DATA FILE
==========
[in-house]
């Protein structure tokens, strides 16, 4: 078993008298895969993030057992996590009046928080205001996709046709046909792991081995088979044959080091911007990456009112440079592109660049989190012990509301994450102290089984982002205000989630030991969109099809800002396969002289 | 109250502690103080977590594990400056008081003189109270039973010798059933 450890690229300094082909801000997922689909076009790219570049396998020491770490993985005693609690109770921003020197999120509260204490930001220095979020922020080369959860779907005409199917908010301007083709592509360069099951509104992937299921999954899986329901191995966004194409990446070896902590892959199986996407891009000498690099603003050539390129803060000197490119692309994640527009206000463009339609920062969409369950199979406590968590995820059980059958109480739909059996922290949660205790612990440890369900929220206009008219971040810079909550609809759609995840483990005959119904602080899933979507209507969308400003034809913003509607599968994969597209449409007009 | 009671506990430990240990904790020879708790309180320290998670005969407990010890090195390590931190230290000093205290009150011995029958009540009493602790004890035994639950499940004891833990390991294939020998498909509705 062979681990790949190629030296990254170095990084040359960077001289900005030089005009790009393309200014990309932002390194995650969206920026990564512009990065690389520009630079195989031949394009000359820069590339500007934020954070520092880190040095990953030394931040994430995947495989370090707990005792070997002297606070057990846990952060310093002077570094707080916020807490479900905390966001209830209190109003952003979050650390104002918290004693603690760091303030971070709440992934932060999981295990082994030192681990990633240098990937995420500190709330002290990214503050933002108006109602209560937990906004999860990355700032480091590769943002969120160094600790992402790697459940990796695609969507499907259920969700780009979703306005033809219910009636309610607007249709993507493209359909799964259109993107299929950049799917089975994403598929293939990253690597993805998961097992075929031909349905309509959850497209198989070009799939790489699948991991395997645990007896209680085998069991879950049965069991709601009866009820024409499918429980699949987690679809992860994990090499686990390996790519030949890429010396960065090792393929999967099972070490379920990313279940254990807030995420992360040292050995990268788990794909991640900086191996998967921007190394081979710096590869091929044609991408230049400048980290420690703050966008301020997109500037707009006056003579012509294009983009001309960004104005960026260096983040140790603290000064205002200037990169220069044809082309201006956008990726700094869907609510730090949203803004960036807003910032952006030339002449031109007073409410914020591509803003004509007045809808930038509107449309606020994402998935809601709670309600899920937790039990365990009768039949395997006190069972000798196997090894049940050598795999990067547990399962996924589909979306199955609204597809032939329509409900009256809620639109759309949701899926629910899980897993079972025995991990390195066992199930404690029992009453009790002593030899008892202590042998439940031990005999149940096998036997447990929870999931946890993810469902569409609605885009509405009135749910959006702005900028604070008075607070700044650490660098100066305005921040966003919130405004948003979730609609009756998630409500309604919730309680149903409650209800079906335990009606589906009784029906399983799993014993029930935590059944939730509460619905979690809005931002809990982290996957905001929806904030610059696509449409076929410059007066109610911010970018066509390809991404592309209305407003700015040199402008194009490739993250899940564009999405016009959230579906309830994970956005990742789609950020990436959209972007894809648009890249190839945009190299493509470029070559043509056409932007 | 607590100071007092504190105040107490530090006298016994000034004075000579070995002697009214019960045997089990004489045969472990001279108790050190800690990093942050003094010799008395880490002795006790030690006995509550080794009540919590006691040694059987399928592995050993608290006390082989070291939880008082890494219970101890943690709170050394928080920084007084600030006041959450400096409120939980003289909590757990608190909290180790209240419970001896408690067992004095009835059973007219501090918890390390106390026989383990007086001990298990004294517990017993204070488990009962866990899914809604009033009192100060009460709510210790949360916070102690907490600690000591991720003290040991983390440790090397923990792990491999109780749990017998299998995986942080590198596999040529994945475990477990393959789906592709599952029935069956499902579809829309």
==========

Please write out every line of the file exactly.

[in-house]
């Protein structure tokens, strides 16, 4: 078993008298895969993030057992996590009046928080205001996709046709046909792991081995088979044959080091911007990456009112440079592109660049989190012990509301994450102290089984982002205000989630030991969109099809800002396969002289 | 109250502690103080977590594990400056008081003189109270039973010798059933 450890690229300094082909801000997922689909076009790219570049396998020491770490993985005693609690109770921003020197999120509260204490930001220095979020922020080369959860779907005409199917908010301007083709592509360069099951509104992937299921999954899986329901191995966004194409990446070896902590892959199986996407891009000498690099603003050539390129803060000197490119692309994640527009206000463009339609920062969409369950199979406590968590995820059980059958109480739909059996922290949660205790612990440890369900929220206009008219971040810079909550609809759609995840483990005959119904602080899933979507209507969308400003034809913003509607599968994969597209449409007009 | 009671506990430990240990904790020879708790309180320290998670005969407990010890090195390590931190230290000093205290009150011995029958009540009493602790004890035994639950499940004891833990390991294939020998498909509705 062979681990790949190629030296990254170095990084040359960077001289900005030089005009790009393309200014990309932002390194995650969206920026990564512009990065690389520009630079195989031949394009000359820069590339500007934020954070520092880190040095990953030394931040994430995947495989370090707990005792070997002297606070057990846990952060310093002077570094707080916020807490479900905390966001209830209190109003952003979050650390104002918290004693603690760091303030971070709440992934932060999981295990082994030192681990990633240098990937995420500190709330002290990214503050933002108006109602209560937990906004999860990355700032480091590769943002969120160094600790992402790697459940990796695609969507499907259920969700780009979703306005033809219910009636309610607007249709993507493209359909799964259109993107299929950049799917089975994403598929293939990253690597993805998961097992075929031909349905309509959850497209198989070009799939790489699948991991395997645990007896209680085998069991879950049965069991709601009866009820024409499918429980699949987690679809992860994990090499686990390996790519030949890429010396960065090792393929999967099972070490379920990313279940254990807030995420992360040292050995990268788990794909991640900086191996998967921007190394081979710096590869091929044609991408230049400048980290420690703050966008301020997109500037707009006056003579012509294009983009001309960004104005960026260096983040140790603290000064205002200037990169220069044809082309201006956008990726700094869907609510730090949203803004960036807003910032952006030339002449031109007073409410914020591509803003004509007045809808930038509107449309606020994402998935809601709670309600899920937790039990365990009768039949395997006190069972000798196997090894049940050598795999990067547990399962996924589909979306199955609204597809032939329509409900009256809620639109759309949701899926629910899980897993079972025995991990390195066992199930404690029992009453009790002593030899008892202590042998439940031990005999149940096998036997447990929870999931946890993810469902569409609605885009509405009135749910959006702005900028604070008075607070700044650490660098100066305005921040966003919130405004948003979730609609009756998630409500309604919730309680149903409650209800079906335990009606589906009784029906399983799993014993029930935590059944939730509460619905979690809005931002809990982290996957905001929806904030610059696509449409076929410059007066109610911010970018066509390809991404592309209305407003700015040199402008194009490739993250899940564009999405016009959230579906309830994970956005990742789609950020990436959209972007894809648009890249190839945009190299493509470029070559043509056409932007 | 607590100071007092504190105040107490530090006298016994000034004075000579070995002697009214019960045997089990004489045969472990001279108790050190800690990093942050003094010799008395880490002795006790030690006995509550080794009540919590006691040694059987399928592995050993608290006390082989070291939880008082890494219970101890943690709170050394928080920084007084600030006041959450400096409120939980003289909590757990608190909290180790209240419970001896408690067992004095009835059973007219501090918890390390106390026989383990007086001990298990004294517990017993204070488990009962866990899914809604009033009192100060009460709510210790949360916070102690907490600690000591991720003290040991983390440790090397923990792990491999109780749990017998299998995986942080590198596999040529994945475990477990393959789906592709599952029935069956499902579809829309």